Last night, my son’s best friend accidentally ate some hidden cheese, and he ended up at the doctor’s office at 10:00 pm with a strong food allergic reaction. It was scary, but all things considered, he was fortunate – it was not as bad as it might have been. His face and neck puffed up and he turned crimson from his head to his toes (looking for all the world like he’d gotten a bad sunburn), but his breathing stayed normal, his lungs stayed clear, and his oxygen level remained great.
He didn’t need to be injected with an EpiPen, but the doctor did prescribe an oral steroid for the next few days, and his mom is keeping him on Benadryl for 24 hours.
He woke up this morning back to his normal color, and with only a faint shadow of puffiness beneath his eyes. We’re all breathing easier this morning.
Now, in the clear light of day, after a good night’s sleep, his parents are going through this episode with an eye towards learning from it.
One of the main lessons is simply this: accidents happen. No matter how vigilant, informed, careful, or prepared you are, it’s still possible to let a mistake slip though. Whether it’s grabbing the wrong food because the package labels are similar, or administering the wrong bottle of medicine because it’s in the same location and you’re panicking, or forgetting to check on the ingredients before your kid reaches for a treat, accidents happen.
It’s easy in a situation like this to let guilt and blame flare up. You’re scared, you’re upset, you’re angry. You lash out. In reality, however, guilt and blame always just make things worse, right when the kid needs to hear supportive, positive, loving words instead. So you have to give yourself permission to be human, and give yourself enough room to get past the guilt and move directly to productive actions that will solve the problem at hand.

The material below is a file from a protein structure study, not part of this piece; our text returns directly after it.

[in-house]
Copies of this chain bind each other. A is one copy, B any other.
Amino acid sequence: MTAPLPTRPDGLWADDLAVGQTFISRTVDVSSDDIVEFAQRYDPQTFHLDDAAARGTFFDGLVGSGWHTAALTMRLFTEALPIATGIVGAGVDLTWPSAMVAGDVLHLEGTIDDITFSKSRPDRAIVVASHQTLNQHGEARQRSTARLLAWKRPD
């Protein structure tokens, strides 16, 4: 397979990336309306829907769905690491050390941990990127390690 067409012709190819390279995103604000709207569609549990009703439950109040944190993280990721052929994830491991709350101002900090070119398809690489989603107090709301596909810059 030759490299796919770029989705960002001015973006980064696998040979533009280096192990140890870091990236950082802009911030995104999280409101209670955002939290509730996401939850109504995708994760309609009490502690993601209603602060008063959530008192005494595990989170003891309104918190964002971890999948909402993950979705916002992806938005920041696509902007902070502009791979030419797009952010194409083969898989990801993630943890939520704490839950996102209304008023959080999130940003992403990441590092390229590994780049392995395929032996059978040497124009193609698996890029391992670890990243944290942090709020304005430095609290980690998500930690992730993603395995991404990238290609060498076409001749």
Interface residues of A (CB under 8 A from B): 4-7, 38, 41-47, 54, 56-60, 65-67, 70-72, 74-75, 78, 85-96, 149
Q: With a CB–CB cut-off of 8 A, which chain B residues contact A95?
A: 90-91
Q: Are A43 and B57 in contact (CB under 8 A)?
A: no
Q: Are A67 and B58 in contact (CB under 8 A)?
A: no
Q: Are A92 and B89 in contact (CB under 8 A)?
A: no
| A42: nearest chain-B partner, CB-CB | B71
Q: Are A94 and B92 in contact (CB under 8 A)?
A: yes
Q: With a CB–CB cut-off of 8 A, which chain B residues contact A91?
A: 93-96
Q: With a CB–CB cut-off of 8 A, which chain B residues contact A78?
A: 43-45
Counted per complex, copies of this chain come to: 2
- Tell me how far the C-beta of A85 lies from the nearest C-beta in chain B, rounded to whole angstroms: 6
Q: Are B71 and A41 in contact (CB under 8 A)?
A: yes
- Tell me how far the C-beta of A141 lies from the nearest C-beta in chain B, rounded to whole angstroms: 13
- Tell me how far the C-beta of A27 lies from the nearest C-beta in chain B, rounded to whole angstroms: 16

Fortunately, this family didn’t go down the blame/guilt route. They recognized that there were enough crazy coincidences all happening at once that no one was to blame – it was truly a series of accidents that no one could have predicted. So they’re able to support each other at a time when that’s what they all need. No one is angry; no one is harboring ill feelings towards each other. Everyone is able to feel relief and love instead, which is the way it should be.
This is the first serious reaction this child has had in nearly ten years. That’s because his parents are the most careful people around. They do everything right. They do everything with an eye towards safety. So they’re both agonizing over this experience. But really, it’s remarkable that they’ve only had one mishap of this size in ten years – that says a lot in their favor, since avoiding milk, egg, and nuts in today’s food-oriented society is a constant battle.
The good news is, they were able to deal with the situation quickly, identify exactly what went wrong, and get him to the doctor for treatment. They couldn’t have done that if they weren’t prepared, so they should feel really good about their abilities to rally in a crisis.
And the boy has now had a bad reaction that he can actually remember (most of his other reactions were when he was very small, so it might be harder for him to remember), so when the next time comes, he’ll know a little more about what to look for.
So rather than beating themselves up about this, the family is looking at the lessons they’ve been able to learn, and they’re going to be even more vigilant, careful, and prepared next time. Of course, we all hope there will never BE a “next time.” But accidents happen. It’s how you handle them that matters, and being prepared is the biggest part of success.